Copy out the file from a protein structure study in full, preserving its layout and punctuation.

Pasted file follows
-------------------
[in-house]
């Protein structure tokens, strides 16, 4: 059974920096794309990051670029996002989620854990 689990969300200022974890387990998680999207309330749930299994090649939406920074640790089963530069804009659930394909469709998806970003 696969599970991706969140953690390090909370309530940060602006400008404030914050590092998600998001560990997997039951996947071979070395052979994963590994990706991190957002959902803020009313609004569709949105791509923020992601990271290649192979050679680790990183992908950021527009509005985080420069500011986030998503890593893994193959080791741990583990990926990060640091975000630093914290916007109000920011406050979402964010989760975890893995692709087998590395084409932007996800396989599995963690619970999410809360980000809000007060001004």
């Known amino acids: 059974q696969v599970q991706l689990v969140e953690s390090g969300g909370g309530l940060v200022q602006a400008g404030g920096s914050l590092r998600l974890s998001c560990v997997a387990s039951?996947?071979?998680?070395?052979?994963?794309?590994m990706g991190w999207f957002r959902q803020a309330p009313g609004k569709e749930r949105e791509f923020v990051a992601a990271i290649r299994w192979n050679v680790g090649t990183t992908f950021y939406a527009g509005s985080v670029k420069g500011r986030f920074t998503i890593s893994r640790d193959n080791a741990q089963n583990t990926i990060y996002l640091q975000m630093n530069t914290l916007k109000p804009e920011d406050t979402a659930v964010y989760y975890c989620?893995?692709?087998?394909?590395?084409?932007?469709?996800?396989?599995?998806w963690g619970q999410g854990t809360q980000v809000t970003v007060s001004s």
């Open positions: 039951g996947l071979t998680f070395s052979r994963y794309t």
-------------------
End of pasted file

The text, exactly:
[in-house]
């Protein structure tokens, strides 16, 4: 059974920096794309990051670029996002989620854990 689990969300200022974890387990998680999207309330749930299994090649939406920074640790089963530069804009659930394909469709998806970003 696969599970991706969140953690390090909370309530940060602006400008404030914050590092998600998001560990997997039951996947071979070395052979994963590994990706991190957002959902803020009313609004569709949105791509923020992601990271290649192979050679680790990183992908950021527009509005985080420069500011986030998503890593893994193959080791741990583990990926990060640091975000630093914290916007109000920011406050979402964010989760975890893995692709087998590395084409932007996800396989599995963690619970999410809360980000809000007060001004």
């Known amino acids: 059974q696969v599970q991706l689990v969140e953690s390090g969300g909370g309530l940060v200022q602006a400008g404030g920096s914050l590092r998600l974890s998001c560990v997997a387990s039951?996947?071979?998680?070395?052979?994963?794309?590994m990706g991190w999207f957002r959902q803020a309330p009313g609004k569709e749930r949105e791509f923020v990051a992601a990271i290649r299994w192979n050679v680790g090649t990183t992908f950021y939406a527009g509005s985080v670029k420069g500011r986030f920074t998503i890593s893994r640790d193959n080791a741990q089963n583990t990926i990060y996002l640091q975000m630093n530069t914290l916007k109000p804009e920011d406050t979402a659930v964010y989760y975890c989620?893995?692709?087998?394909?590395?084409?932007?469709?996800?396989?599995?998806w963690g619970q999410g854990t809360q980000v809000t970003v007060s001004s």
């Open positions: 039951g996947l071979t998680f070395s052979r994963y794309t």